The Sounds of Silence
Maybe I'm spoiled on systems like the F900, Varicam, HVX200, even DSLRs, but I want my camera to be seen, and not heard. In the case of the Epic you usually oscillate between two settings, annoying, and hairdryer. There's a small grace period where your fans won't "sing you the song of their people," but it's a very tiny window, and when you've passed the point of no return be prepared to watch as your sound guy starts grinding his teeth in frustration.
So what's the solution? Well, according to RED and their new fan kit 2.0 setup, it's a new lower fan, and the addition of a top fan. The concept is that by having a bigger fan pushing a larger volume of air, in conjunction with a top fan pulling that air through the cooling duct, that theoretically you'll be able to keep the camera cooler for a longer period of time.
Keep the camera as quiet as possible, for as long as possible. This isn't a crazy request. The benchmark I usually hold up is the Arri Alexa, which has a subtle hum, but has never provoked the question on set of "seriously where is that sound coming from?!" The Alexa is also a bigger camera, with a lot more space for allowing the heat to be dissipated. The Epic is a modular design, and you've got a lot of electronics all crammed together. Simply put: 10 gallons of shit, in a 5 gallon bag.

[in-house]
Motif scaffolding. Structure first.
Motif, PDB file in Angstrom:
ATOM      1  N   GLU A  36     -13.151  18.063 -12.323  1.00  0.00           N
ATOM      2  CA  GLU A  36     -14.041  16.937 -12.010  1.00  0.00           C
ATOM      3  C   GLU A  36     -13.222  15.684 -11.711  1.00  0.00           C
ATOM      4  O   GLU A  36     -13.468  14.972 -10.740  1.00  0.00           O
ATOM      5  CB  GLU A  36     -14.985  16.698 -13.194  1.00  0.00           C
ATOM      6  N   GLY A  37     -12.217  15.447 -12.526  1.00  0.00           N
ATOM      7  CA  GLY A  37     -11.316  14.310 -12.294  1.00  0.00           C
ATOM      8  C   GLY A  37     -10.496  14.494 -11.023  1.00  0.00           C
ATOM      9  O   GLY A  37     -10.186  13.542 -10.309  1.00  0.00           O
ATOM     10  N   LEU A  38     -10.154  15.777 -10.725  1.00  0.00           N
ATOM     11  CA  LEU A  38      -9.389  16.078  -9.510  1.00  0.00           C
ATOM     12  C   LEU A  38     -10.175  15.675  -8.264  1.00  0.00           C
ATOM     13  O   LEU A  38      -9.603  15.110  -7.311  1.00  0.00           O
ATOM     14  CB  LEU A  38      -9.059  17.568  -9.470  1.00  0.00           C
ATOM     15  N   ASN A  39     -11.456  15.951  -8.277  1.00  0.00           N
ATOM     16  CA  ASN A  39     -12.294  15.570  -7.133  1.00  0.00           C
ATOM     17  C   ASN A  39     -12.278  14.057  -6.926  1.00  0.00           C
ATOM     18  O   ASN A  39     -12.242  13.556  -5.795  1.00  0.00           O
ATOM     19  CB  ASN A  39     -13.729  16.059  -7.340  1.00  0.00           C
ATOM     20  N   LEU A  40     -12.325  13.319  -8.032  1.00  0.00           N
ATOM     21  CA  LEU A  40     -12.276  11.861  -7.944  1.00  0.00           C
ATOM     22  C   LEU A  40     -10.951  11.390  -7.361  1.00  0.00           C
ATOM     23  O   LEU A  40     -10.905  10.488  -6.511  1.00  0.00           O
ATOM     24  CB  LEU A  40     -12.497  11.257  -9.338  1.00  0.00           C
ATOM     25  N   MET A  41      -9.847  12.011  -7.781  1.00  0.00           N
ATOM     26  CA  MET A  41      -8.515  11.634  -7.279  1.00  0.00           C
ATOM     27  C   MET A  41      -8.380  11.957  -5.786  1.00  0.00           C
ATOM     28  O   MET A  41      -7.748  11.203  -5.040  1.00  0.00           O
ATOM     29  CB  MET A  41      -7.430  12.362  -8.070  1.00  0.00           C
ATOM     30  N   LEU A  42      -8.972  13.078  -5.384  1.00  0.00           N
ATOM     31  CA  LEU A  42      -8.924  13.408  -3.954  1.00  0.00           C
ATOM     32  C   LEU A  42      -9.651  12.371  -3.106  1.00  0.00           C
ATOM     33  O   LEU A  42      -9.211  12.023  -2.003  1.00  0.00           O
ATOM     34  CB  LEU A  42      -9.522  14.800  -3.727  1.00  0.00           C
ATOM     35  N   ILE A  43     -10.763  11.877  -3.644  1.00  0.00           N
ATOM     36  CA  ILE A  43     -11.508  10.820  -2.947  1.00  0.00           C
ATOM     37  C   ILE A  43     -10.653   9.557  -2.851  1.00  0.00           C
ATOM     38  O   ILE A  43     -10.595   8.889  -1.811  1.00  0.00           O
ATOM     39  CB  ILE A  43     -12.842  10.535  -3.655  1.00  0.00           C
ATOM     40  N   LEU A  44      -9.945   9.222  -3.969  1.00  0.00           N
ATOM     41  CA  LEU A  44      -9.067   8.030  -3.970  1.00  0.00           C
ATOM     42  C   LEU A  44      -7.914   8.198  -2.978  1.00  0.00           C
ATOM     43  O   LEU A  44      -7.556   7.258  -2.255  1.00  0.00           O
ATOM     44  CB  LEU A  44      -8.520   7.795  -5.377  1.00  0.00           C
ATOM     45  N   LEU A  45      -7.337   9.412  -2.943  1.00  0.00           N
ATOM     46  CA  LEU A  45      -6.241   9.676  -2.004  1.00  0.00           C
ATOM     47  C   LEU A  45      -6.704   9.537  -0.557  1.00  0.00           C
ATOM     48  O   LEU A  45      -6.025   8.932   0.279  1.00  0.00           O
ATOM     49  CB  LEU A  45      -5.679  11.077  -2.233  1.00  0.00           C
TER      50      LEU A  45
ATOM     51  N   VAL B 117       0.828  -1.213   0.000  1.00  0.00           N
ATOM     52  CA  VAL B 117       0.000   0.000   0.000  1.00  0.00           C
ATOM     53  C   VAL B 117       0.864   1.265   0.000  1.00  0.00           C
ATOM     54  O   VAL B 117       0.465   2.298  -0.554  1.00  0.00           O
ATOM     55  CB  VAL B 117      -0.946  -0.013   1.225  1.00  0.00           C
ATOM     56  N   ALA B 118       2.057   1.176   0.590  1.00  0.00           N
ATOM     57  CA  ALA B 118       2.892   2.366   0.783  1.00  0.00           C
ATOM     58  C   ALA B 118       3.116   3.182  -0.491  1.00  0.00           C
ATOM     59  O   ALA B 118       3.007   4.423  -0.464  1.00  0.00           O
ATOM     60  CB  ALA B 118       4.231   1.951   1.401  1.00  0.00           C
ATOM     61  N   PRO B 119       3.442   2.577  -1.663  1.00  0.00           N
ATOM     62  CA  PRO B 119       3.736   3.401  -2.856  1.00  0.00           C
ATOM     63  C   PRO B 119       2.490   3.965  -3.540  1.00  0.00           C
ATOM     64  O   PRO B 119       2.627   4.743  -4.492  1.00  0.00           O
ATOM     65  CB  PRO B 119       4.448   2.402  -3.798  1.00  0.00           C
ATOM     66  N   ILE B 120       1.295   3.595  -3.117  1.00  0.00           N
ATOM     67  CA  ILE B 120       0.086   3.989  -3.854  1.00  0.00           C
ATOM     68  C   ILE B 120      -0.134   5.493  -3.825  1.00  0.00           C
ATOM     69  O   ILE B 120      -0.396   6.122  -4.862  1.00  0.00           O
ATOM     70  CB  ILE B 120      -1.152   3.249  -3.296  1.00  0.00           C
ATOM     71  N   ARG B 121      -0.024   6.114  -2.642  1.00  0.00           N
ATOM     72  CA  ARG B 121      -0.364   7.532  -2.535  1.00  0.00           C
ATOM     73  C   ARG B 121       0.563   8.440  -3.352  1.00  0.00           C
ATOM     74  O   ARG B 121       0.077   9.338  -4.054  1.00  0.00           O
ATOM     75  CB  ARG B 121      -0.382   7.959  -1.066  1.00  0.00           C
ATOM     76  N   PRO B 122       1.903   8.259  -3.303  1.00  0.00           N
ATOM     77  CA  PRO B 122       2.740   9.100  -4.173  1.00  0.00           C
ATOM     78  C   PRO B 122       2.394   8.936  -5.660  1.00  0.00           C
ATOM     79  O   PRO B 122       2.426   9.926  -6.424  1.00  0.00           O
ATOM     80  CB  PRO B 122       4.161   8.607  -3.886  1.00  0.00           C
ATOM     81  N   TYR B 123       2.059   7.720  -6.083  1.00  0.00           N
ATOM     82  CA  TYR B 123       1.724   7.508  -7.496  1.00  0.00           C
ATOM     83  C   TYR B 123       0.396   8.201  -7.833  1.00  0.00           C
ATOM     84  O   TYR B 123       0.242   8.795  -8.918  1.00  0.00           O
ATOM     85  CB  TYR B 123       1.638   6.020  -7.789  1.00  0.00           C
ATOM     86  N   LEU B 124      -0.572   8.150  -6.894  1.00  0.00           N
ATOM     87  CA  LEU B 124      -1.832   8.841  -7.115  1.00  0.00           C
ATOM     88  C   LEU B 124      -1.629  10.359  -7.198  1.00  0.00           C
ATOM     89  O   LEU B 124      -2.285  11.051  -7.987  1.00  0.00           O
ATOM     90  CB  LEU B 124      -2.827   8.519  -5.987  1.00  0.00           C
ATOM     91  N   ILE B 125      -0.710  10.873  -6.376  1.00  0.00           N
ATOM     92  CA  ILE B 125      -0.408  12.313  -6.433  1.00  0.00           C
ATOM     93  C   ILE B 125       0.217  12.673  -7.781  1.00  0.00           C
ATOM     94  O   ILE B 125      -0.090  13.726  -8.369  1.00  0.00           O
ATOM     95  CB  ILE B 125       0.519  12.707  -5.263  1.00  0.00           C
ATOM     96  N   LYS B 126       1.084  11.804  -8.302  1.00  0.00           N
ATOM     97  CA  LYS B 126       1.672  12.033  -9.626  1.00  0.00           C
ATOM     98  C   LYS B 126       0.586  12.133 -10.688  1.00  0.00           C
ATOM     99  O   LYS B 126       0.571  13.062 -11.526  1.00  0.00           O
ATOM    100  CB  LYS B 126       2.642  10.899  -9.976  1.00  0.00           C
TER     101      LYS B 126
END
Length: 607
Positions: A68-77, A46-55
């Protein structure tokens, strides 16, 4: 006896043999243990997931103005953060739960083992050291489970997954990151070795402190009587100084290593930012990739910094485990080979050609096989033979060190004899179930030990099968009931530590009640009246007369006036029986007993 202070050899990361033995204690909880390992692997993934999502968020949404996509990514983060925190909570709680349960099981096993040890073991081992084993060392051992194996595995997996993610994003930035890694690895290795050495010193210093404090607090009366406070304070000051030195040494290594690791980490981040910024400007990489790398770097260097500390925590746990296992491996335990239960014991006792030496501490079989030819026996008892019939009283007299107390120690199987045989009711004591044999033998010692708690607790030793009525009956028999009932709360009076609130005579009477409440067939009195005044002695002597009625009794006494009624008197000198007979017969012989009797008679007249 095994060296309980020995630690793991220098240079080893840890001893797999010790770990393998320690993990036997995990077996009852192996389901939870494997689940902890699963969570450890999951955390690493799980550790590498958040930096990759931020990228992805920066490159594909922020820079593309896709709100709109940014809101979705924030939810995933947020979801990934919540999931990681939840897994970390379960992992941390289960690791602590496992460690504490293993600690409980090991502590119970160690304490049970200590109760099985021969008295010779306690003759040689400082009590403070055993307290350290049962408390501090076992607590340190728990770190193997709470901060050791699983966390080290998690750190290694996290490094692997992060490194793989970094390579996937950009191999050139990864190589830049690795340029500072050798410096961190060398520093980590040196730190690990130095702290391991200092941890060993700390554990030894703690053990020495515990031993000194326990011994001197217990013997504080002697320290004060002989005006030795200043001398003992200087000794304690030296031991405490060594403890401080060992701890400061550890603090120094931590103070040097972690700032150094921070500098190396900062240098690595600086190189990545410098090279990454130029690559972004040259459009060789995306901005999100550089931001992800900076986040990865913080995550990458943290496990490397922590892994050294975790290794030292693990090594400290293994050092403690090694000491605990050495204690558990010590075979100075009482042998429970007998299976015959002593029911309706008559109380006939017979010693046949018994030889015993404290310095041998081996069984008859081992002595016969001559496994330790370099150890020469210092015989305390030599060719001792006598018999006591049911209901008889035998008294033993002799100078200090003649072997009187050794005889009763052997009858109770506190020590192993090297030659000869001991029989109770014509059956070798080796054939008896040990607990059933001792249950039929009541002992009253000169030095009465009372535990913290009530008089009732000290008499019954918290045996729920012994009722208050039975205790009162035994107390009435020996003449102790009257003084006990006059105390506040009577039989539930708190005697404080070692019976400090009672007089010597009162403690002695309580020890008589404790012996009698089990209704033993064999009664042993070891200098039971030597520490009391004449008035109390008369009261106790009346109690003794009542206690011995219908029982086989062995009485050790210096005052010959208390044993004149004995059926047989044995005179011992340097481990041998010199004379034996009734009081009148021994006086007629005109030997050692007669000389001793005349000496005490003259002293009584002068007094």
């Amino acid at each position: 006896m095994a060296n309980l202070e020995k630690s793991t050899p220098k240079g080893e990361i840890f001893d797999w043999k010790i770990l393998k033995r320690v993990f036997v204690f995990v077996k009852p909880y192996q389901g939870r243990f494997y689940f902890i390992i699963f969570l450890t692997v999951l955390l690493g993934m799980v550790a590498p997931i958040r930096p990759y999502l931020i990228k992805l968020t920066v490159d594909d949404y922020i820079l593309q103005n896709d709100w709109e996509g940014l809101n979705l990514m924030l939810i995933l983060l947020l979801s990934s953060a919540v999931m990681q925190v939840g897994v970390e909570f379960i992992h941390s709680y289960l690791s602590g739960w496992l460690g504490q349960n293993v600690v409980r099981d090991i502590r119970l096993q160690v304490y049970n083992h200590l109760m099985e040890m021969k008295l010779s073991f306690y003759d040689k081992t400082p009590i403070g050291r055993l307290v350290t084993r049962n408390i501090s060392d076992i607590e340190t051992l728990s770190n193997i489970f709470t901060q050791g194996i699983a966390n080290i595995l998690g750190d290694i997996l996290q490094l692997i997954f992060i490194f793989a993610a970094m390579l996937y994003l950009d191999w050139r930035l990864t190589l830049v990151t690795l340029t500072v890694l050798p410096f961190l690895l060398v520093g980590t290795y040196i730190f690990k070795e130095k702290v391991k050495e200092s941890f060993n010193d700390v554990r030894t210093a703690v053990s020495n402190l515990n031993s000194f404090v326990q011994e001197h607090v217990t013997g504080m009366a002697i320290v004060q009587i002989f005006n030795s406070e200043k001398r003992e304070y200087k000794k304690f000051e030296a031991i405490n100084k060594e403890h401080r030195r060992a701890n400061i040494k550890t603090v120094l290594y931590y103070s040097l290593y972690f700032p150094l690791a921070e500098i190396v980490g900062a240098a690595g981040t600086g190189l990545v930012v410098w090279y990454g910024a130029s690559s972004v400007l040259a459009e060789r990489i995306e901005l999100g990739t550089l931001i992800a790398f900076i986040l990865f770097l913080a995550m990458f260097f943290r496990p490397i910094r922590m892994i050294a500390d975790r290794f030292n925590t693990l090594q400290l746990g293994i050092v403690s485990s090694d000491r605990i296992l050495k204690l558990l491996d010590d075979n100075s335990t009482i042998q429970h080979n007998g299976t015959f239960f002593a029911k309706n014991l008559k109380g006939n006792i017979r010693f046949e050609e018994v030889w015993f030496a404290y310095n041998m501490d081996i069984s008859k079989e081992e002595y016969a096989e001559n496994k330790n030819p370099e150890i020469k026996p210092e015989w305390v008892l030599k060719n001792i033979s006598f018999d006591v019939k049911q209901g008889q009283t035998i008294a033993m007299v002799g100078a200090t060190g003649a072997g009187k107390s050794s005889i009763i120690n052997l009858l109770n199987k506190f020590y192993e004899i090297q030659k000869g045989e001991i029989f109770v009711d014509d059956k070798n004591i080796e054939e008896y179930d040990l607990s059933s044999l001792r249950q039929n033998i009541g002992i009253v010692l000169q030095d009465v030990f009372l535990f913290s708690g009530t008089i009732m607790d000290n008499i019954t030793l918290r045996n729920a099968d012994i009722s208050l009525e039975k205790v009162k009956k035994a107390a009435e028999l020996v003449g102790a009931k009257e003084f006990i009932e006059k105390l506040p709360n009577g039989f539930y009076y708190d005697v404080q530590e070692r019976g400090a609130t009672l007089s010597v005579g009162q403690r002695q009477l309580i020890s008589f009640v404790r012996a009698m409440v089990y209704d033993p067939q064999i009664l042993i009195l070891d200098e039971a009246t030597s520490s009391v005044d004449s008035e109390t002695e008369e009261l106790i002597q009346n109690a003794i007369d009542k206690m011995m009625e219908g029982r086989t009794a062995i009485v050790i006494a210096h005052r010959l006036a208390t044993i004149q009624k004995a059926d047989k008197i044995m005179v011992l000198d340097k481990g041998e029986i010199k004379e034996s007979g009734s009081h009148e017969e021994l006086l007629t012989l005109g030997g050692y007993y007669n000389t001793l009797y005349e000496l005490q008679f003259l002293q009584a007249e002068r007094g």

Yeah Mr. White, Yeah, Science!
Alright, so this isn't that scientific, nor did it involve a Winnebago in the desert. However I tried to use a realistic setting for the test, in this case my apartment, which comes close to simulating a nice middle-ground between studio and location audio. My apartment building has poured concrete walls, ceilings, and floors, and has very little noise to it, other than the occasional rustling from my dog sleeping.
The setup was as follows:
-Epic placed about 3.5' from the ground on my Oconnor tripod.
-Sennheiser 416 placed at various locations (2' and 6' from the camera). 3.5' high.
-Audio recorded on the Tascam HDP2